And that’s not all that’s wrong with the script: the film takes 40 minutes to get our main characters to come to the realization that they want to just take what they want rather than wait for the right men to come to them. During that poorly structured first act, the girls are supposedly in college yet we never see them go to class or talk about school at all except for the opening scene house party — plus there’s a gaping plot hole to this effect regarding a 22-year-old dating Alexis’ dad (played well by Tom Arnold) who she laments is younger than her; there are 23+ year olds going to college, admittedly, but I don’t think that’s usually the implication when someone’s in a movie as being “college age.” There’s also some bizarre scenes with Tia Carrere as the seasoned male-hunter who takes things up a notch, and also with Chris Kattan as a sleazy producer doing the whole sleep-with-me-and-I-promise-I’ll-get-you-a-job-in-showbiz schtick. Neither of them are particularly bad. Honestly, considering the material and the general goofiness of it all, the acting’s about what you’d expect all around. Monk had better comic timing and overall acting chops than Richardson, but it wasn’t like either of them had to display all that much range. Who shocked me, though, was Tom Arnold, delivering some real pathos in his portrayal of a man going through his typical mid-life crisis wanting to reconnect with both his youth and his daughter. Then again, I’ve always liked Arnold for some reason. Regardless, he was excellently cast here.

Surprisingly enough, the film ends on a completely different beat than I expected it to, eschewing the whole typical romantic comedy trope of girl-loses-boy, girl-wins-boy-back finale for a reconciliation between Alexis and her dad. And, I actually liked this decision. First, it was something new, and the first time that felt like an honest moment for the characters. I believed that Alexis would be infinitely more interested in having her dad back in her life in a real way than making nice with her virginal surfer boy toy who was in her life for all of five minutes. It could be the most honest aspect of the movie, the part that feels like it may have been the nugget of gold that just hadn’t been mined enough before they rolled cameras. For all the talk of the male gaze in comedy trumping the female outlook even when a film is written by women, here’s a movie that finally has women behind the camera and holding the pen yet only pays off that combination with one scene at the end of the film. Having been written, shot, and now released roughly at the same time as Bridesmaids, perhaps Hard Breakers simply couldn’t get off the ground – clearly an indie film on a shoestring budget with a limited theatrical release – were it not for its sticking to tried-and-true formulas for what works in R-rated comedy — namely that this genre has a predominantly male audience and should be catered to them in order to get any distributors behind the project. Had this come out next year, maybe we’d see a different approach altogether in a post-Bridesmaids world. Or maybe I’m giving way too much credit to studios and that all we can expect now is just more wedding-based comedies, not more female-oriented comedies. And maybe I’m giving too much credit to Sturgis and Fogg, who may have still crafted an underwhelming, forgettable, home video-quality sex comedy (sans much sex and sans even more nudity) regardless of when it came out.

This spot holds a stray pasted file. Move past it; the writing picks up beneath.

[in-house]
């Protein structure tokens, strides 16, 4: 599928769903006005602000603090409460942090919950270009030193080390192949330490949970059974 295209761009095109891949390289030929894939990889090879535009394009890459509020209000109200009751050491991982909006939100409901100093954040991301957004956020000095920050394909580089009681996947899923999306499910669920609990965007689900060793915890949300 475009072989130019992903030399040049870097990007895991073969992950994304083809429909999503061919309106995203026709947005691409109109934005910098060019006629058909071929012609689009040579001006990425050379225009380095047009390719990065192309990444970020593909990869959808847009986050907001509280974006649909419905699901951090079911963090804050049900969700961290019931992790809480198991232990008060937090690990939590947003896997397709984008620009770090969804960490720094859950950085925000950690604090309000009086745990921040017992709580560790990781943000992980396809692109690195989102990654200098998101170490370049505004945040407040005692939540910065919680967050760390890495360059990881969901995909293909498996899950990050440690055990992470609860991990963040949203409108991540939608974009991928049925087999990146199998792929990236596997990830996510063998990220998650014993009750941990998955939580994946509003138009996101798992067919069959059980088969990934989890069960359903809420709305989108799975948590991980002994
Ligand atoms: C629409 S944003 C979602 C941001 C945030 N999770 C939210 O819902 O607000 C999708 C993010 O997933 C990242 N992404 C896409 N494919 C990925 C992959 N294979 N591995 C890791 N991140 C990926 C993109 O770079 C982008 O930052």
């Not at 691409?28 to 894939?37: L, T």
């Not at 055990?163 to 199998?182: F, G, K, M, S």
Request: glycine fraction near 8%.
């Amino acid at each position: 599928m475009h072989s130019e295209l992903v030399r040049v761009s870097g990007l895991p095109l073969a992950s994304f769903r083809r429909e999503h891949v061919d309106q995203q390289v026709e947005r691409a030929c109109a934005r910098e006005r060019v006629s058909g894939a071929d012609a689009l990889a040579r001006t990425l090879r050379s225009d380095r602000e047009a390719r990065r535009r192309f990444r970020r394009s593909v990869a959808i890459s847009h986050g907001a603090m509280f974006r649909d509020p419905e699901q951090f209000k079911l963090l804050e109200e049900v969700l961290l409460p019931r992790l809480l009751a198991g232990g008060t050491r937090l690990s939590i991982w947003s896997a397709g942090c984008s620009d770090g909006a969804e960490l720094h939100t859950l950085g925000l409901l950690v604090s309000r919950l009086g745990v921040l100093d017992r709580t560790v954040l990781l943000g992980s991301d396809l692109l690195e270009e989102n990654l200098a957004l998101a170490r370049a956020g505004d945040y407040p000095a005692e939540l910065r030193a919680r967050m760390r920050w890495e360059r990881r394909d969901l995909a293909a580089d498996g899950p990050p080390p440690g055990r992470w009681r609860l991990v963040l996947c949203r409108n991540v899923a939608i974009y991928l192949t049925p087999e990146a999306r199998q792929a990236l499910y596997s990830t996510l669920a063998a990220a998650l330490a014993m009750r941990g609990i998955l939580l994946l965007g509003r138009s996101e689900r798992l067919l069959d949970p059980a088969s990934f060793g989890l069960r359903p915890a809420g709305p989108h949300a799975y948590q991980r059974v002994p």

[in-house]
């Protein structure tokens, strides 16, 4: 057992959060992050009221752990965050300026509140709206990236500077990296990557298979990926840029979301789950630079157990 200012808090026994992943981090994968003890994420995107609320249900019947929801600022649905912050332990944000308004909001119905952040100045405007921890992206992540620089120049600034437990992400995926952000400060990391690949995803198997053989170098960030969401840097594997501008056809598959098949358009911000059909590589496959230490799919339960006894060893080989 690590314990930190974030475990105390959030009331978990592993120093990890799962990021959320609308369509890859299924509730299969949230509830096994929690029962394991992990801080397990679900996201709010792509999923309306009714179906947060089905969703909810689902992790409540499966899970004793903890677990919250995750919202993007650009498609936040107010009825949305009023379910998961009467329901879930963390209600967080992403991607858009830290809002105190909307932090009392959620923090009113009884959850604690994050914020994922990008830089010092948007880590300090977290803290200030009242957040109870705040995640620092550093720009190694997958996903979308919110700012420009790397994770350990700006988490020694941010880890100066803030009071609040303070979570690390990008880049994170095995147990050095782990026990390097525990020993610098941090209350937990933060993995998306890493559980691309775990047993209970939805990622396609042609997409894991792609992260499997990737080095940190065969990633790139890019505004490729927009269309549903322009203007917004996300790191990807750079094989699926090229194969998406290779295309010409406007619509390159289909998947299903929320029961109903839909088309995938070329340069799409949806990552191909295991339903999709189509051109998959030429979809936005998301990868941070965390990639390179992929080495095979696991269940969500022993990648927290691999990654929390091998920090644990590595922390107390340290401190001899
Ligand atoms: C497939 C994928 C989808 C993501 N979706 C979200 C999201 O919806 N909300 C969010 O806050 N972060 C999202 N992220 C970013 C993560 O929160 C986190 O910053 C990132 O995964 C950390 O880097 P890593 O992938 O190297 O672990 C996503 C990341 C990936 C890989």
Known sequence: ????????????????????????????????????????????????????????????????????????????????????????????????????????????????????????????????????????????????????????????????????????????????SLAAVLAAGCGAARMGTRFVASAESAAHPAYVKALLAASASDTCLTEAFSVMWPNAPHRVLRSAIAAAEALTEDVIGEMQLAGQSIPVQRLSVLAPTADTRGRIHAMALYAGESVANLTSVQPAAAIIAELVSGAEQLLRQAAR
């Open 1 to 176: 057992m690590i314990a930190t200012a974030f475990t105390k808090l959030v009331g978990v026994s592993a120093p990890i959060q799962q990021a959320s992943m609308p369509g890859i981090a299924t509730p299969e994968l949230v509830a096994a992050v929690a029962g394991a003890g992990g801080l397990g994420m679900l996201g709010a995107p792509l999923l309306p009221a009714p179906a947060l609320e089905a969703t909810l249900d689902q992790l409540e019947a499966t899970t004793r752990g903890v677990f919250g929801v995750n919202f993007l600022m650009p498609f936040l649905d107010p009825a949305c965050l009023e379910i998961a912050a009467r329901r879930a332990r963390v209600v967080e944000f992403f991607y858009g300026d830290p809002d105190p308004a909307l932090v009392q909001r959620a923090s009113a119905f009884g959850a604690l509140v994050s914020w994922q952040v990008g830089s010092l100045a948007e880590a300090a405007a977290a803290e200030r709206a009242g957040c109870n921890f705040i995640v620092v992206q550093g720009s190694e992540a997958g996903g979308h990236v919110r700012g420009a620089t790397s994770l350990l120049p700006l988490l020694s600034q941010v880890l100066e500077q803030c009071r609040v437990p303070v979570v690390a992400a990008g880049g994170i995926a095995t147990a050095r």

Out of a Possible 5 Stars